At the Huawei Connect 2018 conference, apart from announcing a broad full-stack AI strategy, Huawei also talked about upcoming support for on-device training capabilities for its Ascend Lite chipset that is targeted at smartphones supporting 1 to 2 watts (W) of power and AI models of 10 megabytes (MB) and above. In fact, as part of its Ascend chipset portfolio that spans the device, network edge, and cloud, all chipsets above 1 W will support training on the device, which includes Ascend Lite, Mini, and Max.
Although details were not provided, on-device training is part of Huawei’s MindSpore architecture that supports an on-device learning framework. MindSpore is Huawei’s equivalent of TensorFlow, PyTorch, or PaddlePaddle AI frameworks that is tuned and optimized for Huawei’s AI stack that includes application enablement, chip enablement, and chipsets.
MindSpore is a unified training and inference framework that works across the device, edge, and cloud. It is flexible in adapting to different resource budgets and can support edge-cloud collaborative training, as well as machine learning, deep learning, and reinforcement learning.
Huawei did not provide any examples or use cases to support on-device training, but mentioned that it will be launched during 1H 2019. The framework will sit on the device and will take up less than 2 MB of footprint.
Potential On-Device Training Use Cases and Applications
Use cases that are likely to drive on-device training include those that are impacted by privacy, bandwidth cost, and latency issues. Speech recognition, image tagging, face unlocking, and predictive text are all examples of use cases that can employ on-device training today, where a combination of privacy and latency concerns determines edge versus cloud processing.
Future on-device training applications could include personal robots building detailed indoor maps of your house and objects for navigation and other purposes like finding your keys. For mobile on-device training, my personal favorite is an AI avatar of myself that can answer phone calls on my behalf in my own voice via an advanced version of Google Duplex that is trained on my voice. We have yet to scratch the surface on AI edge applications, and the possibilities are endless. AI training at the edge will only accelerate these possibilities and use cases.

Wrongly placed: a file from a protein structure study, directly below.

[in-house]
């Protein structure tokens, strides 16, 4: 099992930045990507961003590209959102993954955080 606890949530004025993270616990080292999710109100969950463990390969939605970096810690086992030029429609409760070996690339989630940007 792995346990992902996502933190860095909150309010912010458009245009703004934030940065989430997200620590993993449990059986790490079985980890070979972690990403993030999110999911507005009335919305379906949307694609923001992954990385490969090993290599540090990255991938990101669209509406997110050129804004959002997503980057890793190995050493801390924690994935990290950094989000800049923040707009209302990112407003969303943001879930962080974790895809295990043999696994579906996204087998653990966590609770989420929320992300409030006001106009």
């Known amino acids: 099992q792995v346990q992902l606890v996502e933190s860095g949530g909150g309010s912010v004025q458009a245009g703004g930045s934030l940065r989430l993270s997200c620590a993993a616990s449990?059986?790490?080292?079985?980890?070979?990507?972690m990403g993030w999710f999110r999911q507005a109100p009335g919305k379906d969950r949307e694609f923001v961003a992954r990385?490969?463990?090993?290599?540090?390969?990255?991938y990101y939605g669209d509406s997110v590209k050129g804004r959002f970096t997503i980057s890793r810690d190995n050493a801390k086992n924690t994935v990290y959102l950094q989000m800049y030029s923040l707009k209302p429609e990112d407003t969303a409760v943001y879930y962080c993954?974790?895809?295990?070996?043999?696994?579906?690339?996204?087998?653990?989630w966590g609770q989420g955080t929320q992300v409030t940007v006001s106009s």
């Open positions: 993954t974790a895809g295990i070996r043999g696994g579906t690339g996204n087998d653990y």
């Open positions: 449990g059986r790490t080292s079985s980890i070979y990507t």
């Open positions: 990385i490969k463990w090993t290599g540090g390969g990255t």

Huawei’s collaborative cloud-edge training solution sounds like Google’s Federated Learning framework. However, it is likely that Huawei is trying to push for improved capabilities for training on the device, with application developers having much more flexibility in defining how they want to run their workloads and how they want to split the training across the cloud, network edge, and device.
The Forecast for AI Application-Specific Integrated Circuit Architectures
Tractica’s Artificial Intelligence for Edge Devices report forecasts that AI edge chipsets, particularly application-specific integrated circuits (ASICs), will support both training and inference on the same chipset around the 2021 time frame. While Huawei’s on-device learning framework looks like a software capability, rather than a chipset capability, we will have to wait and see if Huawei might be accelerating the push toward a pure hardware-based on-device AI, which is driven by tera operations per second (TOPS), rather than software optimization.
Nevertheless, Huawei is already accelerating the push for ASIC architectures dedicated for AI workloads with the announcement of its Ascend chipset portfolio. This is another trend that Tractica covers in the Artificial Intelligence for Edge Devices report, as dedicated AI ASICs seem like a better fit than system-on-a-chip (SoC) accelerator cores like Apple’s Neural Engine or Google Pixel’s Image Processing Unit (IPU), which are likely to run into performance bottlenecks in the future, as AI workloads and applications become more complex, diverse, and mature.
Huawei has already eclipsed Apple in terms of smartphone market share, which means that its Ascend AI portfolio, which will soon be integrated into Huawei’s smartphones, will become an industry leading AI architecture, and possibly a benchmark for Apple and Samsung to follow as they plan their own AI chipset strategies.